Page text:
Should College Athletes Get Paid
Athletes all over the country enjoy playing sports; some do it for the passion of the game and others do it for the money. Professional athletes are paid thousands of dollars a year to show off their talents and bring money into bigger businesses. Though college athletes do the same, maybe even more, as professionals they aren’t getting any money in return. Paying athletes might bring stability and maybe some relief to college students, but would it be right? The ethical and financial consequences of paying college athletes substantially outweigh the benefits. Paying college athletes would seem like a great idea in the beginning but in the long run will cause corruption and chaos in the sports industry.
Paying college athletes comes with many benefits. College athletes not receiving full scholarships find it difficult to pay for college because of their busy schedules. So the solution that countless amounts of people develop is offering to pay the athletes for their performances. This solution may help to an extent but has some ethical flaws. College athletes are ultimately there to get an education that will help them in the future. Paying the athletes money will create a sense of laziness in their studies so that the can focus more on their athletics. But the overall perspective on the matter is that less than 2% of college athletes go on to become professionals. The other 98% will have to rely on their college degrees to help them establish a career (Doc H).
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Yes, college sports are bringing in billions of dollars into the school but that money isn’t just sitting there. It is going to facilities and coach that will make the team and school better. Another reason why college athletes shouldn’t be paid is the risk of corruption. During the recruiting process, colleges would use the “salary card” to bribe students to attend their school (Doc E).
Students shouldn’t have to compare schools based on how much they are going to make like this is their job. Sports should just be an additional activity to the student’s academics.
So eventually, if college athletes do end up getting paid for their participation there will be a sense of inequality between different schools, sports, and other programs. When discussing paying college athletes, the main focus is on big schools that receive thousands of dollars from their sports programs. Athletes from the schools that are more successful would receive more money. The main two sports are men’s football and basketball. Athletes from Division I schools would be getting paid more than Division II and III colleges. This is unfair considering there is no difference between athletes in different divisions. Why should athletes in Division I schools be paid more when another athlete is putting in the same amount of work (Doc G)? Also women athletes and other sports would be receiving less compensation. The Title IX law makes it possible for women to be treated as equals in academics and athletics (Doc B).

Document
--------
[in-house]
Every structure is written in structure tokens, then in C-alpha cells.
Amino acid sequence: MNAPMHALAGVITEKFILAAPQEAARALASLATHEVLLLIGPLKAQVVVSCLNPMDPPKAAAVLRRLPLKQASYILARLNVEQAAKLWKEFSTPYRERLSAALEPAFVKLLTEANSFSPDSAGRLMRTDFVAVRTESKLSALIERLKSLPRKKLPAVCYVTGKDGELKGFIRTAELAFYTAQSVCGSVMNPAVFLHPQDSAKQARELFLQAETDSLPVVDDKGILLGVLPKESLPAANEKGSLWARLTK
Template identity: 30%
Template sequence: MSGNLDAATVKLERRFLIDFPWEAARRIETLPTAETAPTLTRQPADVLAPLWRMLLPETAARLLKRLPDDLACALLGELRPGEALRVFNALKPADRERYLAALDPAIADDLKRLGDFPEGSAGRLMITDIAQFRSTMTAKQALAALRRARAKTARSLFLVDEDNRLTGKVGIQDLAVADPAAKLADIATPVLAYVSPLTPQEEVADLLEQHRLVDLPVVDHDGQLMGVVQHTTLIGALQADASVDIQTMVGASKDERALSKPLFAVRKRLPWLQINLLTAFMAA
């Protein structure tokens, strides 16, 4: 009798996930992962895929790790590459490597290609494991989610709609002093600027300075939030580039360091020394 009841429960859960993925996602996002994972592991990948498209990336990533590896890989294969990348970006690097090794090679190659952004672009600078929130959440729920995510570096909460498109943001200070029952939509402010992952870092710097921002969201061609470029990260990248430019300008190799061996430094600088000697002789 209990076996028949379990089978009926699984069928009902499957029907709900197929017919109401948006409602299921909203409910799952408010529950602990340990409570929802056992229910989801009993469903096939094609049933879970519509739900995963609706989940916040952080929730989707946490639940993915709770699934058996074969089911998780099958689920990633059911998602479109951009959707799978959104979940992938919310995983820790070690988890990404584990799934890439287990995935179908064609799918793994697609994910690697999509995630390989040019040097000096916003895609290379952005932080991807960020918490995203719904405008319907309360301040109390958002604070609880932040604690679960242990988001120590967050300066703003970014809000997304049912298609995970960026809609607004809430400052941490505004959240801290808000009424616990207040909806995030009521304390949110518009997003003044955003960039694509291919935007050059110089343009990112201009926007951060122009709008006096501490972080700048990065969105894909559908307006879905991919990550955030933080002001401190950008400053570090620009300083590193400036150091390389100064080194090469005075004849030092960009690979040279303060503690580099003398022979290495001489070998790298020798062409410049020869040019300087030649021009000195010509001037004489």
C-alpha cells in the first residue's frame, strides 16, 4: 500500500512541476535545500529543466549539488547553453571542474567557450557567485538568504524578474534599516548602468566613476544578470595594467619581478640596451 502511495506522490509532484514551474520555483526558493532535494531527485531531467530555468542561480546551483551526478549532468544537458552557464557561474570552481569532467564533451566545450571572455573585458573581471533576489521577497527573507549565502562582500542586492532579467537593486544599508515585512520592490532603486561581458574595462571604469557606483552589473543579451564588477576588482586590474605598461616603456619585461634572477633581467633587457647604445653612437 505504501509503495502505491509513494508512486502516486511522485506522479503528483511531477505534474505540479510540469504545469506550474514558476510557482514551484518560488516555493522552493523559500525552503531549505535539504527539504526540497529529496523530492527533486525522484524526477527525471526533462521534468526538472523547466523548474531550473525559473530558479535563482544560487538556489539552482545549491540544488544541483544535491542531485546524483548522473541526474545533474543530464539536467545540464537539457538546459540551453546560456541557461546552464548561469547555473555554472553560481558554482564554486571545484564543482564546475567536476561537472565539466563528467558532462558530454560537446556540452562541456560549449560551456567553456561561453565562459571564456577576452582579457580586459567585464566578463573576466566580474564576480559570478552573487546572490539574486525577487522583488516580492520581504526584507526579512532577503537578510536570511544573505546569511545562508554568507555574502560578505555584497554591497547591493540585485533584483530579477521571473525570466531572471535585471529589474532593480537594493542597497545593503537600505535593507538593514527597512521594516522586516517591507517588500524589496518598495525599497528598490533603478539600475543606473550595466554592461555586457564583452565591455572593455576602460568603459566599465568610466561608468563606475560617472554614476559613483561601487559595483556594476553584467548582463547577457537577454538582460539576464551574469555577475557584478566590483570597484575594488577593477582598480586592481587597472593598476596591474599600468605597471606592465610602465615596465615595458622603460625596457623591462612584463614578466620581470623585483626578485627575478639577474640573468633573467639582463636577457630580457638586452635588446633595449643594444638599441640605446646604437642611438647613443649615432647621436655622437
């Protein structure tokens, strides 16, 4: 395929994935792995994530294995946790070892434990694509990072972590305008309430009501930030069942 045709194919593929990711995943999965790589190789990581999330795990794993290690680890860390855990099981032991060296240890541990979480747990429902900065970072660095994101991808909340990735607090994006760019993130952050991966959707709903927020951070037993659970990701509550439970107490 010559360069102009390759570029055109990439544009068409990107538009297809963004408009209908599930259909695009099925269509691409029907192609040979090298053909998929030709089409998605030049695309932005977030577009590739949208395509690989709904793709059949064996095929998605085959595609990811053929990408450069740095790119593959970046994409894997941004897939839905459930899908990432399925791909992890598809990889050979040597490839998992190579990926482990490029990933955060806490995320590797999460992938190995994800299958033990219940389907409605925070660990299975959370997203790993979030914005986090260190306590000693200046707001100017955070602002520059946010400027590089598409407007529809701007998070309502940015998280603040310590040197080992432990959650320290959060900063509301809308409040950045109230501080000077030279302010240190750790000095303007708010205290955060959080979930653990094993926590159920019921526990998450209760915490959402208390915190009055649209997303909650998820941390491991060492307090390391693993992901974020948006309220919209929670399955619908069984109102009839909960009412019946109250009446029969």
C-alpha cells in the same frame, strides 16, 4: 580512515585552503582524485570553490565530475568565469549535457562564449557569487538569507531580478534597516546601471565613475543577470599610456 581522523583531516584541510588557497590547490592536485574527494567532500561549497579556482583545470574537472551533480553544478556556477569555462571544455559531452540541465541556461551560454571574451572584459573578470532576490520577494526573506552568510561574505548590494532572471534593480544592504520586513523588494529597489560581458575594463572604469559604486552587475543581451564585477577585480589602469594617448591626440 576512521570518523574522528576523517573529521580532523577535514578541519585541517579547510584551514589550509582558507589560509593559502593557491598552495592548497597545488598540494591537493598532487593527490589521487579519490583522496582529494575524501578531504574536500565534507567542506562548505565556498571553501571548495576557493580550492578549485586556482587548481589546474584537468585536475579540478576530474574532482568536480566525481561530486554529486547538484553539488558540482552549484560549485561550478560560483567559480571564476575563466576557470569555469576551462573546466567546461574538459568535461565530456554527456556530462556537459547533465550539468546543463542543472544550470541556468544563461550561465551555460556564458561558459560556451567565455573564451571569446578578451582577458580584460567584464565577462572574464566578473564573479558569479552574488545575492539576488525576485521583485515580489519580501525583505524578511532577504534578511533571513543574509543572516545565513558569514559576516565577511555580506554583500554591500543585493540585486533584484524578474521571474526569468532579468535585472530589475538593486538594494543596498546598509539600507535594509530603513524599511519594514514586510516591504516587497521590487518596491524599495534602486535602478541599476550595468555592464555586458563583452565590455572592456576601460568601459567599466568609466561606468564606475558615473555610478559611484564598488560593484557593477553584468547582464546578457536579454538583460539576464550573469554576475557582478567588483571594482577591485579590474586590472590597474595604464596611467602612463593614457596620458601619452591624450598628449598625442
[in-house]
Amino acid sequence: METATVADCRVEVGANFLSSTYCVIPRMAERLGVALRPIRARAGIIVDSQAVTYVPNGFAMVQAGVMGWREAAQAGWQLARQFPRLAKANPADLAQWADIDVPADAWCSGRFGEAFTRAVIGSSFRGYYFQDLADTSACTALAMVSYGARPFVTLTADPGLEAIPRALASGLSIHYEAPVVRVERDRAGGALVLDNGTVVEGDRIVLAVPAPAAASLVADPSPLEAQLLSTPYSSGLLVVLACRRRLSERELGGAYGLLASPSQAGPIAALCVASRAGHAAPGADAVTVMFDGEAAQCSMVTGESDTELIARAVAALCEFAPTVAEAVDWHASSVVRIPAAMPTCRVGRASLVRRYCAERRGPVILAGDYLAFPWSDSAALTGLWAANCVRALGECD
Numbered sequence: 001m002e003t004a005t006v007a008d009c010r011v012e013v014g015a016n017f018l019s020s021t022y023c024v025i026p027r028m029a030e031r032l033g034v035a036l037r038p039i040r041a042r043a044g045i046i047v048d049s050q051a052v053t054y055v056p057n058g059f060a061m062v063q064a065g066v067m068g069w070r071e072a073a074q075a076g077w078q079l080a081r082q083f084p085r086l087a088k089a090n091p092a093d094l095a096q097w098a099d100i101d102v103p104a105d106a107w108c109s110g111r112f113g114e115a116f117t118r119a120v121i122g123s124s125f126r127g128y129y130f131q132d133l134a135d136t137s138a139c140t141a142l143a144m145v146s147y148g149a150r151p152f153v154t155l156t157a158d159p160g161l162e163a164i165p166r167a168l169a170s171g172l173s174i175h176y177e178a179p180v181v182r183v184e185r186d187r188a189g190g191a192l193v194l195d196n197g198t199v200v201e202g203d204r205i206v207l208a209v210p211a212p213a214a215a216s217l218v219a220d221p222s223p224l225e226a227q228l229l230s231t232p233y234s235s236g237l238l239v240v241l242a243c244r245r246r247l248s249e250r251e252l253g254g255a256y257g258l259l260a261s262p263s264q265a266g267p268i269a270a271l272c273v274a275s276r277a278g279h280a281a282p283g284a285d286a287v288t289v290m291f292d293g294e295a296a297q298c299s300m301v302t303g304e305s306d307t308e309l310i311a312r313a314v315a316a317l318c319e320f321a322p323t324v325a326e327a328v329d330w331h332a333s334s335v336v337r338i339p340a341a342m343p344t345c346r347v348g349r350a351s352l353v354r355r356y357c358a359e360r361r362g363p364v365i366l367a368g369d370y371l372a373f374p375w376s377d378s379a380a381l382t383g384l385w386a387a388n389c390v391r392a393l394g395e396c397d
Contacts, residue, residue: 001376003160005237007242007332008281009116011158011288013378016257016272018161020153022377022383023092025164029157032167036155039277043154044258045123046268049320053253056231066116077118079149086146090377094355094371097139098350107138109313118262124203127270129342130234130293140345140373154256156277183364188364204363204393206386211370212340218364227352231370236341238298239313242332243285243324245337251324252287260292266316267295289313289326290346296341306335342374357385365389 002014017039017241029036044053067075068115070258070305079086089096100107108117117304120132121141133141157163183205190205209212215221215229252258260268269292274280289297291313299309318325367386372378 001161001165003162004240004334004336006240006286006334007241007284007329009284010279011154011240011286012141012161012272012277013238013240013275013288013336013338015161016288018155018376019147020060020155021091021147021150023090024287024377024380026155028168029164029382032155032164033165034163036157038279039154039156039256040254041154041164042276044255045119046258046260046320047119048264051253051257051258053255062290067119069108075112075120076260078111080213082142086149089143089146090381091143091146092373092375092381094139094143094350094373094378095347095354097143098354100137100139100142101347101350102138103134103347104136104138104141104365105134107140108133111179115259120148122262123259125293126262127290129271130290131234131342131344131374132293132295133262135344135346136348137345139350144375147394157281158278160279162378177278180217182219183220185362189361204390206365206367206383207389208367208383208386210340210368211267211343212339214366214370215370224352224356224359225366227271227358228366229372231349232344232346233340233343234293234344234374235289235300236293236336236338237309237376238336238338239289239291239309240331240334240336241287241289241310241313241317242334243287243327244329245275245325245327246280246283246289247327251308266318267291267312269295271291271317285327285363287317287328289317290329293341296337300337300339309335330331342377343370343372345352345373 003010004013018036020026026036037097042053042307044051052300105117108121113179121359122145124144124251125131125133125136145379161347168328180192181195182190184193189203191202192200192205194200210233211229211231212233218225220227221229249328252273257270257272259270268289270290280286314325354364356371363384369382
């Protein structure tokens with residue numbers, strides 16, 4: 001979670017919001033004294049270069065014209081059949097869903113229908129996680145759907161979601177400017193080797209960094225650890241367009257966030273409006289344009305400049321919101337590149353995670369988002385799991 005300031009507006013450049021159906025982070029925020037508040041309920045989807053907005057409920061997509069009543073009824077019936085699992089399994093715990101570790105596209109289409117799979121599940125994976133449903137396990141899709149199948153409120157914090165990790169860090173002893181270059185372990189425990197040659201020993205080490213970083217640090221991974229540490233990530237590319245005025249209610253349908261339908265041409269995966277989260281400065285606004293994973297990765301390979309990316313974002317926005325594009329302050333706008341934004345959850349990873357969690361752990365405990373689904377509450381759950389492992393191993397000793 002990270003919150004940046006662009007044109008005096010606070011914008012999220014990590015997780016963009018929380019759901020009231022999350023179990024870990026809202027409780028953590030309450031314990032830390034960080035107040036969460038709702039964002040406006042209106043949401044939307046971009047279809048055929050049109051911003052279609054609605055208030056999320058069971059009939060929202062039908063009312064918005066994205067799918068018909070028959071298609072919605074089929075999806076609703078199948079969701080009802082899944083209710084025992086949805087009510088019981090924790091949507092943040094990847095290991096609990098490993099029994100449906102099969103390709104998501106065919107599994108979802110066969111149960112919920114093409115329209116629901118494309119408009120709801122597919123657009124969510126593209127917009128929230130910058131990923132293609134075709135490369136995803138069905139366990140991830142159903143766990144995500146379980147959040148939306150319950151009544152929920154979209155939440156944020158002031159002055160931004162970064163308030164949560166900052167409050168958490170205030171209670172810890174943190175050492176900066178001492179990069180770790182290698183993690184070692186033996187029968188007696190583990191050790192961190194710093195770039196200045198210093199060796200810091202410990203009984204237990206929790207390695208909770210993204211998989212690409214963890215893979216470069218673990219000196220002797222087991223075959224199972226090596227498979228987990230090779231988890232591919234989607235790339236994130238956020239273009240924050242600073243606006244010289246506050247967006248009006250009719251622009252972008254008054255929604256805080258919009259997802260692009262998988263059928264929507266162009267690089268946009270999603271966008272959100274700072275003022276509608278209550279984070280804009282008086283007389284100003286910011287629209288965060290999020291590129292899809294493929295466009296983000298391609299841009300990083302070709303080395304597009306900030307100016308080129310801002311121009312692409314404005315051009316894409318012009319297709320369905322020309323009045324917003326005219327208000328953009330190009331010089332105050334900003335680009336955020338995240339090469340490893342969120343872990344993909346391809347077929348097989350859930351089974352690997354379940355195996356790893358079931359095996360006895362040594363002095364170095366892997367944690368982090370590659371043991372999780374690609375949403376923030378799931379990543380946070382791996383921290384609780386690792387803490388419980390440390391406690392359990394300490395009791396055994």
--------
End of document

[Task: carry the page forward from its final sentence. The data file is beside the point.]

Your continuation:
If athletes were to get paid, woman athletes would receive far less than male athletes. Other sports athletes are going through the same financial struggles with their “full scholarships” but only the high performing athletes will be receiving pay (Doc F).
Also other programs throughout the school produce money for their college. Yes, it may not be billions of dollars but they are working hard to. For example, performing arts programs spend hours rehearsing and puts on shows that are bringing in money. Shouldn’t they be receiving money? In considering paying college athletes, one must keep in mind that it will lead to a corrupted system of inequality in many areas.
sociologyofsport “I’m going to have to let you go,” says coach Tim Koth to another former player as he adds another notch to his belt. “It’s nothing personal, I like you,” he says, “but I have to look at this as a business.” Is that what it is? I always looked at sport as an outlet, or even an opportunity; but sport is a business, that has become the cruel reality of modern day sport. This paper ...
In the debate whether to pay college athletes keep in mind that corruption, laziness, and unfairness will emerge. Paying athletes that are barely getting any sleep seems like a great idea at first but when one analyzes the “solution” you find that more problems come out of it. These athletes should not be paid because they are still considered amateur athletes. They should be more focused on their academics considering they are student-athletes, students first. Critics say that not paying athletes is similar to slave labor but these athletes are receiving scholarships for schools, building a fan base, and they get to travel the country. This is far from slave labor. College athletes should just enjoy the game without the added stress of worrying about their paychecks.